Designing for Engagement

Posted on by in Design

One of the most interesting distinctions we make in design is between service design and engagement design. Service design is oriented around helping someone achieve a task. The interface that asks for information and prints your boarding pass is service design – it’s successful if you get through it without mistakes as quickly as possible. On the other hand, Engagement design is oriented around keeping people’s attention. If you’re binging a TV show, scrolling down a news feed, or liking your friend’s posts, you’re in an environment designed for engagement.

Designing for engagement means offering up lots and lots of content to keep people interested. A key performance metric for engagement design may be how many posts a user reads, or how many videos they go through without returning to the homepage or search. The end goal of both business and user is a steady flow of content that keeps a user’s attention.

A word about content driven business models

Sites that use content (user generated or otherwise) to keep their users engaged have traditionally struggled to find revenue models outside of advertising. Some sites, like Netflix, the Wall Street Journal and others gate their content and offer a subscription model, but a vast majority make revenue with ads. How content sites advertise has changed a great deal in recent years – it’s not just popup and banner ads anymore – but the evolution of advertising is out of scope for this post. Long story short, the best way to monetize an engagement-driven site depends on what kind of content you’re offering and how much control you have over it.

So what kind of content are we offering?

Today, we’re going to look at the design principles of engagement using an imaginary site for videos of cute animals. (Openpuppies.com was a big inspiration.)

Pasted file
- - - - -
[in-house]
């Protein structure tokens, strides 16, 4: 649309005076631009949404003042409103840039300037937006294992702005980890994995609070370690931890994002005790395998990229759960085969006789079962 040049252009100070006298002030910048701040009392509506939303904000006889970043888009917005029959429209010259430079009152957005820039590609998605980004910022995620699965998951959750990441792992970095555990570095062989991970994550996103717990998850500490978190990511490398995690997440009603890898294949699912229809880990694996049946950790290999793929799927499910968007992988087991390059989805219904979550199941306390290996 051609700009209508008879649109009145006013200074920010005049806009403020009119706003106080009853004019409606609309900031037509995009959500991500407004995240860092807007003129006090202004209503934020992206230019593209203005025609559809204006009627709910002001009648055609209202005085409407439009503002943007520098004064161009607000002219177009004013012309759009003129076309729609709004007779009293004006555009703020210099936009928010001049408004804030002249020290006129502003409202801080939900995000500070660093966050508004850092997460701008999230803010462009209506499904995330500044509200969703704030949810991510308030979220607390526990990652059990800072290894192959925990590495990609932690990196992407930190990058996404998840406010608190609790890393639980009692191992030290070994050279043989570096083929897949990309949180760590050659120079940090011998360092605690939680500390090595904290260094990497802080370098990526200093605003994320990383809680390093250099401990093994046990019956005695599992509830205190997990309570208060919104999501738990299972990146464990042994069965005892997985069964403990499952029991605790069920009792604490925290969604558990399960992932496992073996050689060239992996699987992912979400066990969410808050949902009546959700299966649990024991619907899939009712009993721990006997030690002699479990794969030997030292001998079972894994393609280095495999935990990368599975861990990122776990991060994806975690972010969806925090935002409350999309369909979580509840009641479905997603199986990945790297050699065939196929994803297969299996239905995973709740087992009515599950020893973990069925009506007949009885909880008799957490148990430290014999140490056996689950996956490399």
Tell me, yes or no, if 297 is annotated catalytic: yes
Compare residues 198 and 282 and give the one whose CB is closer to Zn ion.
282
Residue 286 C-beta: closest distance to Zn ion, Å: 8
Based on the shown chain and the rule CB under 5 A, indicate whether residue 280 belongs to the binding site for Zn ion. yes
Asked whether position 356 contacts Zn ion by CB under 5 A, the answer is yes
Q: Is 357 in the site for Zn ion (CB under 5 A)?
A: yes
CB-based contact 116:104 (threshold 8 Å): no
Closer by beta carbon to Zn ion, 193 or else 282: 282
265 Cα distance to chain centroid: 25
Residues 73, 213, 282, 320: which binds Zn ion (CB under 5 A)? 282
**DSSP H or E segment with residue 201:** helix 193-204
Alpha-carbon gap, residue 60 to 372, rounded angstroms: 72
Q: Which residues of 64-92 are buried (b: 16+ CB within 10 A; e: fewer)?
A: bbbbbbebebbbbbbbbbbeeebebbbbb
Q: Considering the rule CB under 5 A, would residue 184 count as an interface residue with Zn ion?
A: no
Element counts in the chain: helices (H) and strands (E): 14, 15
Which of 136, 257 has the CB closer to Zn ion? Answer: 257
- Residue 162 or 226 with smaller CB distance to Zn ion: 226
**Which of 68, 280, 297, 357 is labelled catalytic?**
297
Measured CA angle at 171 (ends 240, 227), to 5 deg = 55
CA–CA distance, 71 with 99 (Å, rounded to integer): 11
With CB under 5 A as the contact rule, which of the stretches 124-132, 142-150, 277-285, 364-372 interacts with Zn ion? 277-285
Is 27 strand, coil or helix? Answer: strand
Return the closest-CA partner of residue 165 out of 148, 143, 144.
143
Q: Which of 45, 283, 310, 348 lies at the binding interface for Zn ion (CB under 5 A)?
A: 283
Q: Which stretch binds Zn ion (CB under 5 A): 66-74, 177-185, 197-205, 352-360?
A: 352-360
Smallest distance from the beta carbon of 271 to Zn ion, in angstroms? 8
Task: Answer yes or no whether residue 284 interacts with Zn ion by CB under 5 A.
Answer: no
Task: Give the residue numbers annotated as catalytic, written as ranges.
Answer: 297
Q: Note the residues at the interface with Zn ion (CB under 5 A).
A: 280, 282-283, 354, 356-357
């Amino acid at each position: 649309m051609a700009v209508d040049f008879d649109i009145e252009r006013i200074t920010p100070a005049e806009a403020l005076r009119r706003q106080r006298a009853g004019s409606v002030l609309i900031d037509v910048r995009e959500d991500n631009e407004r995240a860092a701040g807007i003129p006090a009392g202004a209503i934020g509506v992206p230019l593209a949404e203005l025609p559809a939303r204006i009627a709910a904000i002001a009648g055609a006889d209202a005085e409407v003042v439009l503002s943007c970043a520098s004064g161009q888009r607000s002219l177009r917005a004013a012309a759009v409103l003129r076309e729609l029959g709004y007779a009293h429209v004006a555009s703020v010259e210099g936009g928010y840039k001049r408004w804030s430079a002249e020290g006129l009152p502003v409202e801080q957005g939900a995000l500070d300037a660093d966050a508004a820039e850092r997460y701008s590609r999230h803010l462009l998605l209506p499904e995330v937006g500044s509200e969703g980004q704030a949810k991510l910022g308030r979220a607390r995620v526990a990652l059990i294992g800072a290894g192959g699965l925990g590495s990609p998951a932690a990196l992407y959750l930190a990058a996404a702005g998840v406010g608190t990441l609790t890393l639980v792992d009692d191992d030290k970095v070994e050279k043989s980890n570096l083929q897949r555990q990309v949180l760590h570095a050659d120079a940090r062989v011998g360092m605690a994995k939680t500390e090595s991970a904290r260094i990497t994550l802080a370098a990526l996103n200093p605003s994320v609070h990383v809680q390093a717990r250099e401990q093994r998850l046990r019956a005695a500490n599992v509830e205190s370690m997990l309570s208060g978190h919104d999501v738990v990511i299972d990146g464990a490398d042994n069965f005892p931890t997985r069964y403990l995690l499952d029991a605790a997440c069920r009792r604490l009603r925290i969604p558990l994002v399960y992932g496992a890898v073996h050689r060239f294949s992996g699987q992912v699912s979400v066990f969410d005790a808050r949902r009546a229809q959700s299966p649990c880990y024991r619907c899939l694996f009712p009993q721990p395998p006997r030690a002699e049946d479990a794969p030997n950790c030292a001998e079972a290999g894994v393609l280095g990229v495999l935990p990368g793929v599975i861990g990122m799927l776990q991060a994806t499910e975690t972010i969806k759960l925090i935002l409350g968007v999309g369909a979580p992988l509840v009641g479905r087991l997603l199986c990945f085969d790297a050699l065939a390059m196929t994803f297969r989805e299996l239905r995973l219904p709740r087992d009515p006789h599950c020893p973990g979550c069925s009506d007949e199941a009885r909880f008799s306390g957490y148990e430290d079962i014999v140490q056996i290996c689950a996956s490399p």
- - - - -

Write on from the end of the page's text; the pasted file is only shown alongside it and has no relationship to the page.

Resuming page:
Choice, but not too much

Let’s assume you’ve already done some user research and you’re coming to this phase of design with a clear understanding of what content your viewers expect to see.

With that data, we can build the information architecture of our site. We want to offer our viewers a path through the site that maps to their mental models of the content. Ideally, viewers will browse the site and find what they were expecting in the first place they look. Giving our viewers a choice early in the experience can help us immensely when it comes time to recommend next steps for them.

Our target viewers go look at cute animals when they’re having a tough day, and want to escape as fast as they can. That’s why we’re leading with a recommended video – viewers who aren’t particular about categories can watch something right away.

We’ve also got some more specific viewer behaviors for our cute animal video player. Some viewers are only looking for cat videos. Others are looking for only dog videos, or exotic animals, or baby animals. For this site, we’ll create a few playlists of most popular categories to give viewers a place to start from. Once we understand what people are hoping to see, we can set them down clearly defined paths.

Dog icon by julian roman from the Noun Project

Why not just put it in a feed?

A newsfeed is a great design pattern for when users have already self-selected the content or users they’re interested in. A constant stream of new information from friends and famous people is a reliable way to keep a viewer’s attention, but creating a login and asking viewers to curate a feed is asking a lot of their time.

Present your content right